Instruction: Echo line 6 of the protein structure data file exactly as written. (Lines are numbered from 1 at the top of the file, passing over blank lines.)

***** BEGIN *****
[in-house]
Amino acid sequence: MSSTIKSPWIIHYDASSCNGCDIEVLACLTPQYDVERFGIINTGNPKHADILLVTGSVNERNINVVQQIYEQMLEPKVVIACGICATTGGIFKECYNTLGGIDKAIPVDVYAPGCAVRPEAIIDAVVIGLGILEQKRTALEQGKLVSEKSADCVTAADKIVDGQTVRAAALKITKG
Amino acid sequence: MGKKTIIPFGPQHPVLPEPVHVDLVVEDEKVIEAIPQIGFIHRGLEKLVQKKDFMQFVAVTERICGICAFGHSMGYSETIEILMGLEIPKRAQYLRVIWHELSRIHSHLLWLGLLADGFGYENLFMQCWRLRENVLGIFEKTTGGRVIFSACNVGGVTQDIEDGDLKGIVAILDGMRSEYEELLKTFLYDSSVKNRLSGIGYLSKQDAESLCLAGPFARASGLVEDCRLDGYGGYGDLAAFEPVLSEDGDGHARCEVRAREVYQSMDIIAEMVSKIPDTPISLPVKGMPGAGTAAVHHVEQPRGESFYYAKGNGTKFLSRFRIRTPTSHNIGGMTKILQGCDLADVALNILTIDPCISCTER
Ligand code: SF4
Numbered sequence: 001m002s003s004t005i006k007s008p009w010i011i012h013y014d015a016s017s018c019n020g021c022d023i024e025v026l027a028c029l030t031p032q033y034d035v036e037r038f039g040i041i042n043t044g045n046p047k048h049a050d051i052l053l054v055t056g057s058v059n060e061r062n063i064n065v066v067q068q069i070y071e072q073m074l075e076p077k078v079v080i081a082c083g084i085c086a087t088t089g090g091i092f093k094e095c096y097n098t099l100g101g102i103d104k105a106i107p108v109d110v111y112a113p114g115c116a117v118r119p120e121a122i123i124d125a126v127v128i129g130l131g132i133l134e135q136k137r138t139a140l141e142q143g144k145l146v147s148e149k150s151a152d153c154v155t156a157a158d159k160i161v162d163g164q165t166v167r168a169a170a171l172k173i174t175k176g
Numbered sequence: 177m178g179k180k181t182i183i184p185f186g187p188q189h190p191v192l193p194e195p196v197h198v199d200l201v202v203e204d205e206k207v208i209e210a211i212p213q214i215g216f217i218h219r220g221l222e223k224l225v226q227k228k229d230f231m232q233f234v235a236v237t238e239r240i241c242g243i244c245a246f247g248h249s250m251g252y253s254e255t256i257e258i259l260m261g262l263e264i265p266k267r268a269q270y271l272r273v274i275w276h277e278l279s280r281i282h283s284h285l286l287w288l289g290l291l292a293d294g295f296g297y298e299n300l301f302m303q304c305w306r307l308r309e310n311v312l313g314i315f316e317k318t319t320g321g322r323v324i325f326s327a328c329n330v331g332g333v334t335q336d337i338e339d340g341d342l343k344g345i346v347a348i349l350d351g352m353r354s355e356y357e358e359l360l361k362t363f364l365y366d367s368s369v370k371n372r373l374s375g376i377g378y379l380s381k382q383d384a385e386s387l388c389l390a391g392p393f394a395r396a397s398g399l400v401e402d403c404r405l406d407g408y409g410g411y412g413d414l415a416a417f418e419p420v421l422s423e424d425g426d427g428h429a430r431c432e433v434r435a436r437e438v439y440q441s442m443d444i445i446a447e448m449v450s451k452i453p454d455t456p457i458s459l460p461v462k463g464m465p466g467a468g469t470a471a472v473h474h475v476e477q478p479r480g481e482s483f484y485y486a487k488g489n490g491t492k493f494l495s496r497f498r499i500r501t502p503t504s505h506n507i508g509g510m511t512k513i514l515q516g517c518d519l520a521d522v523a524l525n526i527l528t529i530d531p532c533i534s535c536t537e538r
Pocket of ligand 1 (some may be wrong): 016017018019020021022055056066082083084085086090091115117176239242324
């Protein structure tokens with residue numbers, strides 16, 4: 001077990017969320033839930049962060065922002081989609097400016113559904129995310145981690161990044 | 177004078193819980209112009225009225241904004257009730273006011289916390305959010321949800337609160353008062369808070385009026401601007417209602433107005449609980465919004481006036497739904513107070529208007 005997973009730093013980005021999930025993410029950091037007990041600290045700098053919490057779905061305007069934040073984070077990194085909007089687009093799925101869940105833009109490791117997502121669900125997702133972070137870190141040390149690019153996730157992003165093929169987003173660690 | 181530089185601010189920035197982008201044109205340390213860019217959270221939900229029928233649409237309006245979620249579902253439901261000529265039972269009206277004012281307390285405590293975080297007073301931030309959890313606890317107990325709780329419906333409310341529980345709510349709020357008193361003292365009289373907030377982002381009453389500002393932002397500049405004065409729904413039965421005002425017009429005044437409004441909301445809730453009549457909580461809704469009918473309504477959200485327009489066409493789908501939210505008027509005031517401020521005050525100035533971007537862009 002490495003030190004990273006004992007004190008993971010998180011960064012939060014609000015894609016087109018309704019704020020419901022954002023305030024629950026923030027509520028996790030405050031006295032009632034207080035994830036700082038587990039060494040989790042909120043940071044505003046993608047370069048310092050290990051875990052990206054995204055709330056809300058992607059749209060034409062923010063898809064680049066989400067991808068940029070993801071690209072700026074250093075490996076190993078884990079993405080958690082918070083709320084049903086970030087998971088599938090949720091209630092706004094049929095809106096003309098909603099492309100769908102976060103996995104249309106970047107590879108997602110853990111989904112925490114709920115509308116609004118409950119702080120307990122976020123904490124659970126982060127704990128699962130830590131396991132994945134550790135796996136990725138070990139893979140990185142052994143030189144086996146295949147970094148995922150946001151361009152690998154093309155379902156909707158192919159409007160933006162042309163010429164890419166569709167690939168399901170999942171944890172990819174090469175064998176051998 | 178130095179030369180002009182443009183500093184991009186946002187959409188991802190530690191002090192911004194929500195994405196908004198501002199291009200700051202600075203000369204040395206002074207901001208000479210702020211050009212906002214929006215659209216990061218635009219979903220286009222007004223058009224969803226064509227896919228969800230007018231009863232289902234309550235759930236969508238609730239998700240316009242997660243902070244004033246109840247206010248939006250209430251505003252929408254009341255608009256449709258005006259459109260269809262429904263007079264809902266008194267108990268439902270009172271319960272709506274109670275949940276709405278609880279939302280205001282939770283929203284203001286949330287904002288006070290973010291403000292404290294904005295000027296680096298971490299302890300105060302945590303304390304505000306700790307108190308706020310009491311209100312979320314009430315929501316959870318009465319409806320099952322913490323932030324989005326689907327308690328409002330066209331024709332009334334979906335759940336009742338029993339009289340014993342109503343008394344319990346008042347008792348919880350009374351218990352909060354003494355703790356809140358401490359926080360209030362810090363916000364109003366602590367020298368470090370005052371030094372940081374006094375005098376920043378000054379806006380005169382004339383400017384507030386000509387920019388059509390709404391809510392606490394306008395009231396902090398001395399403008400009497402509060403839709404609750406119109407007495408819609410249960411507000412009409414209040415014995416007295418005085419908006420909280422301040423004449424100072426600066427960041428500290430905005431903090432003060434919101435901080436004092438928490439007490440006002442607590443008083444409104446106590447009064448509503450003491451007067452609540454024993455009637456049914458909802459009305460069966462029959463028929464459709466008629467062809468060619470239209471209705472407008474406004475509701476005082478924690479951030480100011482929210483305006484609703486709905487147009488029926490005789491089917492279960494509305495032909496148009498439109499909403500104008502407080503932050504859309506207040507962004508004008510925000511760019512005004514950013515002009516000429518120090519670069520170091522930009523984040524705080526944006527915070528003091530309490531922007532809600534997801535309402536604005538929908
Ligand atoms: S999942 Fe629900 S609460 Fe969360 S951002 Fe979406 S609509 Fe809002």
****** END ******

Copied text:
Numbered sequence: 177m178g179k180k181t182i183i184p185f186g187p188q189h190p191v192l193p194e195p196v197h198v199d200l201v202v203e204d205e206k207v208i209e210a211i212p213q214i215g216f217i218h219r220g221l222e223k224l225v226q227k228k229d230f231m232q233f234v235a236v237t238e239r240i241c242g243i244c245a246f247g248h249s250m251g252y253s254e255t256i257e258i259l260m261g262l263e264i265p266k267r268a269q270y271l272r273v274i275w276h277e278l279s280r281i282h283s284h285l286l287w288l289g290l291l292a293d294g295f296g297y298e299n300l301f302m303q304c305w306r307l308r309e310n311v312l313g314i315f316e317k318t319t320g321g322r323v324i325f326s327a328c329n330v331g332g333v334t335q336d337i338e339d340g341d342l343k344g345i346v347a348i349l350d351g352m353r354s355e356y357e358e359l360l361k362t363f364l365y366d367s368s369v370k371n372r373l374s375g376i377g378y379l380s381k382q383d384a385e386s387l388c389l390a391g392p393f394a395r396a397s398g399l400v401e402d403c404r405l406d407g408y409g410g411y412g413d414l415a416a417f418e419p420v421l422s423e424d425g426d427g428h429a430r431c432e433v434r435a436r437e438v439y440q441s442m443d444i445i446a447e448m449v450s451k452i453p454d455t456p457i458s459l460p461v462k463g464m465p466g467a468g469t470a471a472v473h474h475v476e477q478p479r480g481e482s483f484y485y486a487k488g489n490g491t492k493f494l495s496r497f498r499i500r501t502p503t504s505h506n507i508g509g510m511t512k513i514l515q516g517c518d519l520a521d522v523a524l525n526i527l528t529i530d531p532c533i534s535c536t537e538r